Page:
A poem written by Christina Rossetti, this Pre-Raphaelite poem is an attempt to come to terms with the ending of love and life. The title, having Christian symbolence, comes from the Greek for 'so be it'. The religious significance of the title is suited to the author, whose poems often deal with religion.

Each stanza appears to have a theme of a season - autumn, winter and spring, respectively. This is shown in the language and imagery used within each. Beginning with the first stanza:

It is over. What is over?
  Nay, now much is over truly! -
Harvest days we toiled to sow for;
  Now the sheaves are gathered newly,
  Now the wheat is garnered duly.

The use of imagery begins with the third line, "Havest days we toiled to sow for". Harvest brings up pictures of a collecting of crops, a bringing together of the things we have worked hard to obtain - the things we toiled for. Harvest also gives ideas of abundance, having plentiful supplies of that which has been grown that year (assuming the harvest was good, of course).

However, the first lines negate all this. "Nay, now much is over truly!" gives us the impression that there is no longer any chance of having this abundance, and that times have changed for the worse.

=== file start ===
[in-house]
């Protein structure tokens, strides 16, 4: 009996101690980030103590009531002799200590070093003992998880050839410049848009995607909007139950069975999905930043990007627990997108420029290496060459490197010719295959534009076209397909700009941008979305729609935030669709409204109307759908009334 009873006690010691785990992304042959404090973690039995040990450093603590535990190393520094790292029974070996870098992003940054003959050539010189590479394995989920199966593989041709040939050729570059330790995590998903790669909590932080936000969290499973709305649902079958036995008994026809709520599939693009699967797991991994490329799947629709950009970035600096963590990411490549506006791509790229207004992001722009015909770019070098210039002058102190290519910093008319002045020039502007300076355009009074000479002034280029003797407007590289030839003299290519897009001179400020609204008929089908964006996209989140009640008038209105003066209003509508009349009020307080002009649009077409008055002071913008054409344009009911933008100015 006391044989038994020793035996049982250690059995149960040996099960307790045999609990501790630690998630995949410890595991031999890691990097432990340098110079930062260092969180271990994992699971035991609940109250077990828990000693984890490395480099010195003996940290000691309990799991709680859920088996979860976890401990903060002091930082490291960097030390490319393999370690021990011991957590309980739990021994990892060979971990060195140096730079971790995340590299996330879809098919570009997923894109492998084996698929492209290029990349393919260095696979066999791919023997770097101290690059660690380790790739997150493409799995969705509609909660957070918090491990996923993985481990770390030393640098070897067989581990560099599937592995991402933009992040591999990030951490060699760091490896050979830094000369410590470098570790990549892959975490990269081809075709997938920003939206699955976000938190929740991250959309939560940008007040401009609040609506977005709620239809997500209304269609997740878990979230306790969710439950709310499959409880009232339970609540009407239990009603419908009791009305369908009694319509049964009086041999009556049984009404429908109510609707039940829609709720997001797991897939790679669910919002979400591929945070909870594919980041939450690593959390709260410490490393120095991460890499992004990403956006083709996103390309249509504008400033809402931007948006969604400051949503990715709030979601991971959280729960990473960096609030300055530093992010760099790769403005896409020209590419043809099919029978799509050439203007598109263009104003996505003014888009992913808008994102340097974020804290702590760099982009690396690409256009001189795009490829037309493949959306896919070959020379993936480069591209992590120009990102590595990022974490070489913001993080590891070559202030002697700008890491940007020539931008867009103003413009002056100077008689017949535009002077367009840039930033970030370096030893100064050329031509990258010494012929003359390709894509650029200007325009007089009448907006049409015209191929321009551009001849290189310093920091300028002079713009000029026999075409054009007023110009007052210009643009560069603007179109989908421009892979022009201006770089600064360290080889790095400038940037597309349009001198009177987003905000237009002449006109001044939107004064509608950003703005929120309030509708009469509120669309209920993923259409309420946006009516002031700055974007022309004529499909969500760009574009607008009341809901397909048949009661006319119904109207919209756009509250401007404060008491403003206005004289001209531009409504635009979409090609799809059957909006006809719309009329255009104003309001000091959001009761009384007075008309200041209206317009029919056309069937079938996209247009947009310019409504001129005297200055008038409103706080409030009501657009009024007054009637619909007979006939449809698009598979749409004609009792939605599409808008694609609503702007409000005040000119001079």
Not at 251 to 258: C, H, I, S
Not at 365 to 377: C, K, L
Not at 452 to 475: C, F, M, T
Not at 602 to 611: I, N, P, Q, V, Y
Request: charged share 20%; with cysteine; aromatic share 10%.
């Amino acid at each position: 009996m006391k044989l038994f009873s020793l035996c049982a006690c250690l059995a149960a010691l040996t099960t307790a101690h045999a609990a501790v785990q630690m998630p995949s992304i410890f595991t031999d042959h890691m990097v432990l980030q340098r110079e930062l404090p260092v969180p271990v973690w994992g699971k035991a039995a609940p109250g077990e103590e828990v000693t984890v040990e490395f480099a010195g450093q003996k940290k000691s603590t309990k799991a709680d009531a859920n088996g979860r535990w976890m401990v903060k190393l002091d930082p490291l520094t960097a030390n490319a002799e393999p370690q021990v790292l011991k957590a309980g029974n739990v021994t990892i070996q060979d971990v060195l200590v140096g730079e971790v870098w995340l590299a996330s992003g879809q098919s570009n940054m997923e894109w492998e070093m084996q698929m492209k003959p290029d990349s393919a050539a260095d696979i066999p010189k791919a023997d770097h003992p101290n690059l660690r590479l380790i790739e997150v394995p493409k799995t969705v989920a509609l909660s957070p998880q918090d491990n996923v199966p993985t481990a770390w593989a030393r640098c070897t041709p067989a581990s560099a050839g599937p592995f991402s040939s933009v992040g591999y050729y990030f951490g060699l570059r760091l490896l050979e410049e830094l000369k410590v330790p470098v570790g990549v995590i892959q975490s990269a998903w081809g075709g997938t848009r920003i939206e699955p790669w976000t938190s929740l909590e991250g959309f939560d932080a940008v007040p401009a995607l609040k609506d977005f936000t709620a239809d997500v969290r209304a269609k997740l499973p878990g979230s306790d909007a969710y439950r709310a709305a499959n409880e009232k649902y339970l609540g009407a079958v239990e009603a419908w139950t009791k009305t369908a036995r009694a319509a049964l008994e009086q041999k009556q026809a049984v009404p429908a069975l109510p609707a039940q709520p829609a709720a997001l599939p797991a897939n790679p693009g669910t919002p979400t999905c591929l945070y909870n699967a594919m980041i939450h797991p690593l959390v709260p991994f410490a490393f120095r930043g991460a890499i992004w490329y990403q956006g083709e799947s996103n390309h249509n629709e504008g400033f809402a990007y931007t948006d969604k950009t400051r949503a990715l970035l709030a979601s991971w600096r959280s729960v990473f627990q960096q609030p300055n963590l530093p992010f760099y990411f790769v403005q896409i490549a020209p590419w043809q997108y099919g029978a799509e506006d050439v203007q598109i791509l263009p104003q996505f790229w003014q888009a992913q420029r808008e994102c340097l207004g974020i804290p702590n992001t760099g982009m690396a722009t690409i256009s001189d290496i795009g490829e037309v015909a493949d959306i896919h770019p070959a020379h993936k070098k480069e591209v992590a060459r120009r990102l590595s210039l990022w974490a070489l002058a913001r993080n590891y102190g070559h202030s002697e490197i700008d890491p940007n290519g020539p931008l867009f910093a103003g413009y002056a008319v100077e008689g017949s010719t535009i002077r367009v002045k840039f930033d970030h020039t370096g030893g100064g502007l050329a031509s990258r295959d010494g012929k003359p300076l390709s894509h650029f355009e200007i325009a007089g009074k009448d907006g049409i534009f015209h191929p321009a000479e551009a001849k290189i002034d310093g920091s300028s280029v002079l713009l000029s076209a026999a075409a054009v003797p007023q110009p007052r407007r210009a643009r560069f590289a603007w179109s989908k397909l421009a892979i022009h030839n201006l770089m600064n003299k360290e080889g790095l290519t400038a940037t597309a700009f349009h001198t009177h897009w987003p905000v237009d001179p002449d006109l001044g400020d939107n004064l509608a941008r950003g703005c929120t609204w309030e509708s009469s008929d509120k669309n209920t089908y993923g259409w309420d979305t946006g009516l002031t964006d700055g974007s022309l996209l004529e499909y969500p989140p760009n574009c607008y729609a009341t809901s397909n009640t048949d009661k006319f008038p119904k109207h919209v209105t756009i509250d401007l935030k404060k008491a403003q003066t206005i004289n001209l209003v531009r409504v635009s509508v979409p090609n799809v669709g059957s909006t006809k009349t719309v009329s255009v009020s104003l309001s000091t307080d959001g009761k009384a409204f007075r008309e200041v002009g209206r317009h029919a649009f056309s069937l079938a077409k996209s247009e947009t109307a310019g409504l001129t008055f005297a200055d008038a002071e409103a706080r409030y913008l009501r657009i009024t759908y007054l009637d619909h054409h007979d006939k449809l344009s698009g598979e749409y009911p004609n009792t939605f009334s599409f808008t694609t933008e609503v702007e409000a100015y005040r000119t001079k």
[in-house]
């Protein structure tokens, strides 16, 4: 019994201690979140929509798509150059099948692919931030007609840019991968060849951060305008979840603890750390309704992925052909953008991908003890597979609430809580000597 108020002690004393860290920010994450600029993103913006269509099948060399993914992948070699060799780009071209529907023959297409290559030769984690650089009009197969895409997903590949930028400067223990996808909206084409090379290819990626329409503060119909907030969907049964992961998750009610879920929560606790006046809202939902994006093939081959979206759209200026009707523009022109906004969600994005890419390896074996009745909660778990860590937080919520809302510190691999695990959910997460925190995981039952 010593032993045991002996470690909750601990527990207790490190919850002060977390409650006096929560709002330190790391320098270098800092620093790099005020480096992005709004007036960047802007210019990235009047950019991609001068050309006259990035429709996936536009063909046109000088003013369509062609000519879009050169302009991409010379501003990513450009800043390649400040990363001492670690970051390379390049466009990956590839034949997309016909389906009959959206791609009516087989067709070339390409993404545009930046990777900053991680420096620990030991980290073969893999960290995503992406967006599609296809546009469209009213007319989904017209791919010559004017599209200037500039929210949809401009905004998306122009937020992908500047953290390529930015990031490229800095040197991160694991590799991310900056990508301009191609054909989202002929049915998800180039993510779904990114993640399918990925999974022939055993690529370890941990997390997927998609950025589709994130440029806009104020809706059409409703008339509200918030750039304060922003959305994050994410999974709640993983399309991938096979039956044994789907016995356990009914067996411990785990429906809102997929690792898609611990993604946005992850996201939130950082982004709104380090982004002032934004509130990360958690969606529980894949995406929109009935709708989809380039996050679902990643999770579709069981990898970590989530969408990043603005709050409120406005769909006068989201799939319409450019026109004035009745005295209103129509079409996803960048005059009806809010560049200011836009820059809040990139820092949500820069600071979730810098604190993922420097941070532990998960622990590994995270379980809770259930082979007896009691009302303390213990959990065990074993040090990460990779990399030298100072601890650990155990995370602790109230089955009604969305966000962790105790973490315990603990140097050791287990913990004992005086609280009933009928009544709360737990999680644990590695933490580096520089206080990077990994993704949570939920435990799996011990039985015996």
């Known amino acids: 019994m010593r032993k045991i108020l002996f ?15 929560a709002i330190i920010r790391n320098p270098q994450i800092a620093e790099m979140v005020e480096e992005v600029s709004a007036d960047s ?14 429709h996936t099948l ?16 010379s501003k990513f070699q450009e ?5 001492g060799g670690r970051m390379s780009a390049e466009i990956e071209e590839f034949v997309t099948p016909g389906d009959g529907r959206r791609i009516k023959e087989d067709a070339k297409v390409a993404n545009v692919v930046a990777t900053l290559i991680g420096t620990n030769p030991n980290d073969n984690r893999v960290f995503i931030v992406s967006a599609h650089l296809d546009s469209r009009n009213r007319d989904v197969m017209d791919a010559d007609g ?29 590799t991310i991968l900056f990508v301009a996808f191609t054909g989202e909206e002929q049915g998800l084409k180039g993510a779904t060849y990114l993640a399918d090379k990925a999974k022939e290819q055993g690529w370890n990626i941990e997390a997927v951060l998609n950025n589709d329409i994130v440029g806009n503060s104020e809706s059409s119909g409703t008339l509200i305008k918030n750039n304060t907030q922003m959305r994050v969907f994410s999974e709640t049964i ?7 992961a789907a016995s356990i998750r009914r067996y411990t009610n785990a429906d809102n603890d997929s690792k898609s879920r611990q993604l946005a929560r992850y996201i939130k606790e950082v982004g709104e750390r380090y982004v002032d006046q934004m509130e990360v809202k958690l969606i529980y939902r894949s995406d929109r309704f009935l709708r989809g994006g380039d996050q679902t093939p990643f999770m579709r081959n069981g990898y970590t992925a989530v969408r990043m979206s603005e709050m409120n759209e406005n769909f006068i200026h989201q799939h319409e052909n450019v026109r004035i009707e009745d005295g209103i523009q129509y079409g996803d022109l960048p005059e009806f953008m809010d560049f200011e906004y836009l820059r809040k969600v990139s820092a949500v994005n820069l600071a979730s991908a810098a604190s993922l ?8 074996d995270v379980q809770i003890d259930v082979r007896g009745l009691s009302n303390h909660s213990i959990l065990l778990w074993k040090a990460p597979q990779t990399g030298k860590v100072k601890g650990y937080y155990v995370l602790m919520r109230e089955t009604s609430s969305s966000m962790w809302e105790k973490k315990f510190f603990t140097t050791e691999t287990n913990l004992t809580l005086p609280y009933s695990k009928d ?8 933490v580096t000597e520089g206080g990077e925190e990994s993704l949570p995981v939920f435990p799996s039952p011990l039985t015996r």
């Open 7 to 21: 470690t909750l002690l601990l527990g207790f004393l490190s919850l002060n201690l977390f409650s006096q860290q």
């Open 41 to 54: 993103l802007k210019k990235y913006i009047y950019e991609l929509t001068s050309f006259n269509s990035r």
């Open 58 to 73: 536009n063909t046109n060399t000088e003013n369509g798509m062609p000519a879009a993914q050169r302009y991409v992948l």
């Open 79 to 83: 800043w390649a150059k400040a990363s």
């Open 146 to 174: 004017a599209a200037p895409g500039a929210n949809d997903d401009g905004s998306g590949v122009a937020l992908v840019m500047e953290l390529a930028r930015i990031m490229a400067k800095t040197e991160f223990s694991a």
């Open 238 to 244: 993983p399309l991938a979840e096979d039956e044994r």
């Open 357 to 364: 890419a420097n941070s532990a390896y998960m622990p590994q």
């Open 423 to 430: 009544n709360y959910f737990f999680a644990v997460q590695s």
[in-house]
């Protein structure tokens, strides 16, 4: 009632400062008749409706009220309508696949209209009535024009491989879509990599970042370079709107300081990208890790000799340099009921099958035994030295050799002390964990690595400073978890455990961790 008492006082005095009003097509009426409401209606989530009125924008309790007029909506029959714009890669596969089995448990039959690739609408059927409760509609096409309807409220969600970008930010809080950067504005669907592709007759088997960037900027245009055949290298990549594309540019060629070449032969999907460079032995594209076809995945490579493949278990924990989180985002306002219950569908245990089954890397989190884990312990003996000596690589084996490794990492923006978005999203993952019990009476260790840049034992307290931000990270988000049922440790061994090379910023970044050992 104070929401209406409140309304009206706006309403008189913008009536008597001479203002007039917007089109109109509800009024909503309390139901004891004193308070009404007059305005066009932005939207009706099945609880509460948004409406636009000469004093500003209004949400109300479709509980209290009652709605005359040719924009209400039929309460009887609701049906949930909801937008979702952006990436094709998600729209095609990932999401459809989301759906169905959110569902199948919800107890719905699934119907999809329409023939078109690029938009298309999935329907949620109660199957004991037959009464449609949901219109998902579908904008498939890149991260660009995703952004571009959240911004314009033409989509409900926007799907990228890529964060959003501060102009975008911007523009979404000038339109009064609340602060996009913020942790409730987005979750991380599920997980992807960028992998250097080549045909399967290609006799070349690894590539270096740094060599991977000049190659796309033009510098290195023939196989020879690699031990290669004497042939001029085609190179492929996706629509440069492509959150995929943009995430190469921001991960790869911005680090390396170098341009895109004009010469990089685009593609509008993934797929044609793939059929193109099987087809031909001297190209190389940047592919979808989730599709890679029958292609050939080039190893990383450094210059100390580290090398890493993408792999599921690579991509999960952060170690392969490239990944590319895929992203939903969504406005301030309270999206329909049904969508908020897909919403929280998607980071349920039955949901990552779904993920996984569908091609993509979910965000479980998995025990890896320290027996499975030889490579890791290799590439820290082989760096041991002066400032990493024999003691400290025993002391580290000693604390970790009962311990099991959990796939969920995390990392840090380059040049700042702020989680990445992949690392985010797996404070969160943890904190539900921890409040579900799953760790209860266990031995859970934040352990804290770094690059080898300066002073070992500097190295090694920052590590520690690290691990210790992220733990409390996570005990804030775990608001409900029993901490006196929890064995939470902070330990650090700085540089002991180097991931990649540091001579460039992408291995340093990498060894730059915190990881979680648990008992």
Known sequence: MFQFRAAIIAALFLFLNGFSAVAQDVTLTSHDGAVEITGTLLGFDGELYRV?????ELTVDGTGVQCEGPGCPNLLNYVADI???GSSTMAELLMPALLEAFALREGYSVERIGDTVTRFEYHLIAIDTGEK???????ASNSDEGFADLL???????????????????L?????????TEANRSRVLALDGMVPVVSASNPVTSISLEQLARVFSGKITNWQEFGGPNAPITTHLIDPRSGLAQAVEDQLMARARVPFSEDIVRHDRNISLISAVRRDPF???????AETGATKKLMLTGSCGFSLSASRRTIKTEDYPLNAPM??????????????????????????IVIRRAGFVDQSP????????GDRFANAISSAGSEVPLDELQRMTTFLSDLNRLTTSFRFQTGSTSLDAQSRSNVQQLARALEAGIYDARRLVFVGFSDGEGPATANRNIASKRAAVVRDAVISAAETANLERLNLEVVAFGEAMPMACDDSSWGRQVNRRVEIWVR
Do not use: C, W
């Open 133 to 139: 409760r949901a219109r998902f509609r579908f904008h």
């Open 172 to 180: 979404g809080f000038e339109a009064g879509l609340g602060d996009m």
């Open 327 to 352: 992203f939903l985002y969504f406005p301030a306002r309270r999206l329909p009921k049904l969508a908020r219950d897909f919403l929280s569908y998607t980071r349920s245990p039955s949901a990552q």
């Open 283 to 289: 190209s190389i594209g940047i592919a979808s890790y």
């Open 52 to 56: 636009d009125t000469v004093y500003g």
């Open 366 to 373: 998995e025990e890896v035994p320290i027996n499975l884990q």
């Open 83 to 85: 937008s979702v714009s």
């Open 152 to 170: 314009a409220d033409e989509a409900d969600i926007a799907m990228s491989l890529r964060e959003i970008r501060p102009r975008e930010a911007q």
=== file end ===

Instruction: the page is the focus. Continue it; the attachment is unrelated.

It is finished. What is finished?
  Mush is finished known or unknown:
Lives are finished; time diminished;
 Was the fallow field left unsown?
 Will these buds be always unblown.

We move onto the 'winter' stanza with an opening line which repeats what was suggested in the first: that what we had strived for has finished, possibly not to resume. This stanza contains slightly less of the first's imagery, instead being more direct in the language used.

The closing two lines, though, see a return to this usage of imagery, using metaphors to express a feeling of loss of potential and regret: "Was the fallow field left unsown? / Will these buds be always unblown?"

It suffices. What suffices?
 All suffices reckons rightly;
Spring shall bloom where now the ice is,
 Roses make the bramble sightly,
 And the quickening sun shine brightly,
 And the latter wind blow lightly,
And my garden teem with spices.

Here we see a change in the tone of the poem, from pessimism to optimism. "Spring shall bloom where now the ice is" suggests that, although the situation may seem bleak now, with the passing of time more chances shall arise. Just as flowers die in winter and are reborn in spring, so might the poet's opportunities.

This stanza sees a continuation of the imagery used throughout, as well as introducing oxymorons to the piece. Rose and bramble are obvious examples of this. Other features used throughout the poem are the rhetorical questions at the beginning of each stanza, and the rhyming scheme. The third stanza adds a final line to conclude, summing up the poem. "And my garden teem with spices" suggests that the opportunities touched over earlier will not only return, but be numourous as well. Therefore the poem has changed in mood since the beginning, become the original stanza's opposite, just as spring is autumn's.

Sources: Amen, by Christina Rossetti, and Best Words (copyright The Associated Examining Board).